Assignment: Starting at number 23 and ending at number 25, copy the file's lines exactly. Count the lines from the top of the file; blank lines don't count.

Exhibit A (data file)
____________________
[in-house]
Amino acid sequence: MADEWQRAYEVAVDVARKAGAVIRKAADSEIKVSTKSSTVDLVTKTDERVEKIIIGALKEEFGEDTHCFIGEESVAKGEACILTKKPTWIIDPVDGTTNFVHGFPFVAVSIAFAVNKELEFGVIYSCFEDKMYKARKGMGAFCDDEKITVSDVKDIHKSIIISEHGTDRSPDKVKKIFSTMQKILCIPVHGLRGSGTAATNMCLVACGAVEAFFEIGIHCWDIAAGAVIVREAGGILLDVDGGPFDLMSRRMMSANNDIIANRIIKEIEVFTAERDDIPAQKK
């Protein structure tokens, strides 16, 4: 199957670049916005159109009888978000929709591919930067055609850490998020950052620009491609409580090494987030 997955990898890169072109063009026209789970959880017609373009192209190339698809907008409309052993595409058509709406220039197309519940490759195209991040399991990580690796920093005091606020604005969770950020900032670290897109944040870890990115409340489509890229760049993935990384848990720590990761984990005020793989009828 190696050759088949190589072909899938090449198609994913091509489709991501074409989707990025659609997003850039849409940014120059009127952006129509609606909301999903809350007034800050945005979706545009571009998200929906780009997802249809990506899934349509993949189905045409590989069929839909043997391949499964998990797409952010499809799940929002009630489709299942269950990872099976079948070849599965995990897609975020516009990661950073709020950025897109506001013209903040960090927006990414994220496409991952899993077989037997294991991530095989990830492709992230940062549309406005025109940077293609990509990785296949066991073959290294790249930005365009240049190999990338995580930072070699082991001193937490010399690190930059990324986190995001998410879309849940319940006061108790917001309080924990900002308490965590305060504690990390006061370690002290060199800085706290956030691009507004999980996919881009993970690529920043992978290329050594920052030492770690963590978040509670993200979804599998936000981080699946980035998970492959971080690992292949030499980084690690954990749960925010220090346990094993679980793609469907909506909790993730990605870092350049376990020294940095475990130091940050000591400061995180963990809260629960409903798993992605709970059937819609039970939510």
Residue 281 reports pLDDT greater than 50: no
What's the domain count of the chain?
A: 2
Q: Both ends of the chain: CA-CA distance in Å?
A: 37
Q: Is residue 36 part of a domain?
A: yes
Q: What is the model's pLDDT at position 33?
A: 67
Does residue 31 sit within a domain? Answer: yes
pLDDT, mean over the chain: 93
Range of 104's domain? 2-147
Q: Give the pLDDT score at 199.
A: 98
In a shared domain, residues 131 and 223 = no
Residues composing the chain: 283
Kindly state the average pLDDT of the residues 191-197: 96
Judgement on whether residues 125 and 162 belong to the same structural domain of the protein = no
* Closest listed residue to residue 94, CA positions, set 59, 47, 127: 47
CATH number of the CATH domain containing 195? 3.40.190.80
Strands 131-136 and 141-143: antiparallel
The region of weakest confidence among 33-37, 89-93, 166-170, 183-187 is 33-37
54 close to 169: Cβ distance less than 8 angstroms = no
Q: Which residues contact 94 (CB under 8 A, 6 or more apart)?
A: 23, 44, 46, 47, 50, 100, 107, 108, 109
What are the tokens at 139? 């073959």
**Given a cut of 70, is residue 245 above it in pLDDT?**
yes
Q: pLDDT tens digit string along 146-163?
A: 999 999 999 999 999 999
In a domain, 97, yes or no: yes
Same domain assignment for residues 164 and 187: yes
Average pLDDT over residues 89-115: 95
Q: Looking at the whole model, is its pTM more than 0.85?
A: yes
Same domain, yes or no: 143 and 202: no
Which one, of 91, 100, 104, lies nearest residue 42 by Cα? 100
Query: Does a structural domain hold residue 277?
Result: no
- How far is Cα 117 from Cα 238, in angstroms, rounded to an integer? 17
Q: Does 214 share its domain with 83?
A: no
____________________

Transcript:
CATH number of the CATH domain containing 195? 3.40.190.80
Strands 131-136 and 141-143: antiparallel
The region of weakest confidence among 33-37, 89-93, 166-170, 183-187 is 33-37